Journaling, Writing

Organizing the Creative Process

Getting in touch with your creative side is not an easy thing. It’s not a one-size-fits-all thing. I’ve always thought that my ideal writing space would be on a deck overlooking a lake, the tranquil surroundings gorging my muse with plot twists and inspiration.

I’ve never honestly had an opportunity to write like this so I can’t tell you whether that setting would stoke my creative fires or not.

I’ve tried taking a notebook and pen outside and sitting in front of a blazing fire but it doesn’t take long for the annoyance to sink in as I constantly hold down the pages the wind keeps attempting to flip and have to start swatting at the flies destroying any shred of inspiration with their consistent buzzing. So, through trial and error I have found that writing outdoors isn’t something that works for me.

How you choose to write has to work for you and there are so many different ways to do it.

Just as important is organizing how your go about your writing process. Though usually that holds just about as many challenges, if not more.

One way I’ve decided to go about organizing my writing process is through journaling.

I’ve written about bullet journaling before. It’s something I do off and on and every time I’m “off” of my journaling, I find that life gets a little less organized. Bullet journaling is a daily dedication but you have to make sure you actually enjoy how you’re doing it.

When it comes to writing though, I’ve twisted journaling to my way of thinking when it comes to the creative process. I have a Scribbles that Matter Bullet Planner that’s great when it comes to scheduling my week and having a to-do list that pertains to only the day-to-day. But it didn’t take me long to figure out that it was very limited as far as providing a creative outlet. I had to get something else to help me out with my writing. I had to make sure I was able to journal in a way that I actually enjoyed so that it would be helpful.

With a goal in mind, I packed my kids up a few weeks ago and took them on a craft store adventure to find the perfect planner.

I had it worked out in my mind – something rigid, simple, something with lines, with fill-in-the-blank spaces for what I needed to get done every single day to stay on top of my writing goals. Something where half the work was already done for me. I know, seems kind of backwards, right? Wasn’t I trying to find something that would allow me the room for creativity? We’ll get to that.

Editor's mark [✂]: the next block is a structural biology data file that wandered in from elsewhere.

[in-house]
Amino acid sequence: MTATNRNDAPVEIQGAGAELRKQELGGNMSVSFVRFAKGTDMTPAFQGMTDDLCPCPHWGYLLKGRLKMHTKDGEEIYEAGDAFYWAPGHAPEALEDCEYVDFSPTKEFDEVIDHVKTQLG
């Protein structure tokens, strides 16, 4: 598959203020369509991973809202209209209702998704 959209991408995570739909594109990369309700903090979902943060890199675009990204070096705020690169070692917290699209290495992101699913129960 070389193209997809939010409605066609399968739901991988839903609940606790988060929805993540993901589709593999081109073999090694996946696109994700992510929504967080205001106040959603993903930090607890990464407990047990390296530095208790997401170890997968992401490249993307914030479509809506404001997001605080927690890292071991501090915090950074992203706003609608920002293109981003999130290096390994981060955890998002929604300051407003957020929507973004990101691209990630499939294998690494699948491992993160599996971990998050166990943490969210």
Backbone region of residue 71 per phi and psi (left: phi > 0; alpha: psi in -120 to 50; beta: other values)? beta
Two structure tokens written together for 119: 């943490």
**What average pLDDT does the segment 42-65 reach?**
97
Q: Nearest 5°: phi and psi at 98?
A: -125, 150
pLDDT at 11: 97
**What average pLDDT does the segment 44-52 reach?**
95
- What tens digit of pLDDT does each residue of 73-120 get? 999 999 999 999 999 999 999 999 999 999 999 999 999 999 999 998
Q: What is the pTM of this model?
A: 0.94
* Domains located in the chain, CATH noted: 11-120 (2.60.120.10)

It didn’t take long to find a version of The Happy Planner, complete with fun stickers, washi tape and pages with headings specific to keeping organized notes. A little sticker-shock aside, it was what I was thinking I needed.

However, we set off to the opposite side of the store and I found something that was completely the opposite – an Artist’s Loft sketchbook filled with nothing but blank pages.

I left the choice up to my oldest, holding both up and asking her which one she thought was more “me.”

Her response, word for word, was, “The one with all the blank pages, because you’re kind of all over the place, mom.”

That could not be closer to the truth. The girl has me all sorts of figured out. That freedom, the blank pages that allowed me to do whatever I needed to do, was exactly what I needed.

So, with all of that freedom, here’s what I did with it to help organize my creative process! Feel free to use any of these methods if they work for you!

I know a lot of people go into the whole NanoWriMo ready to kill the daily word count but that’s just not something I’ve been able to do so I’ve had to figure out a way to track my words that works for me.

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Any time, anywhere, track your words like you just don’t care!

I’ve still got your average 50k as a goal but the daily thing over the course of one month? Not so much. I’ve left those blank so that I can put in the dates that I’ve actually written on and have color coded my usual writing styles – On point!, good and steady, like pulling teeth and hated all the words.

On the page following that one, I’ve got just a basic date/time and notes on the writing conditions set up in hopes that if I keep track of all of these things, I’ll figure out (Lord willing) when I’m at my peak for creativity. That’s the idea anyway.

Thanks to my work with Middle Schooler’s, I’ve been re-introduced to Language Arts and by re-introduced, I mean I’ve sat through a school-years worth of both 7th and 8th grade Language Arts. Not much take away from there, but I did pick up this nifty map that’s been really helpful. It’s a great tool and I highly recommend using it if you’re struggling with the plot-line of your story.

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The freedom of this sketbook has presented me with the ability to throw anything on whatever page I want without dedicating any pages to “brain dumps” or “plot lines” and this has definitely worked for me. It’s a chaotic form of organization that speaks to me on a level that pre-designed organization never will.

Not exactly bullet journaling, but definitely journaling on a level that could prove helpful for others as well. If you have methods you’d like to share, I’d love to hear them! And like I said, if anything I’ve thrown out there is something you feel would help you along, have at it!

And, if the writing bug just wont bite, it never hurts to throw a few sketches down just to keep those creative juices flowing. 🙂

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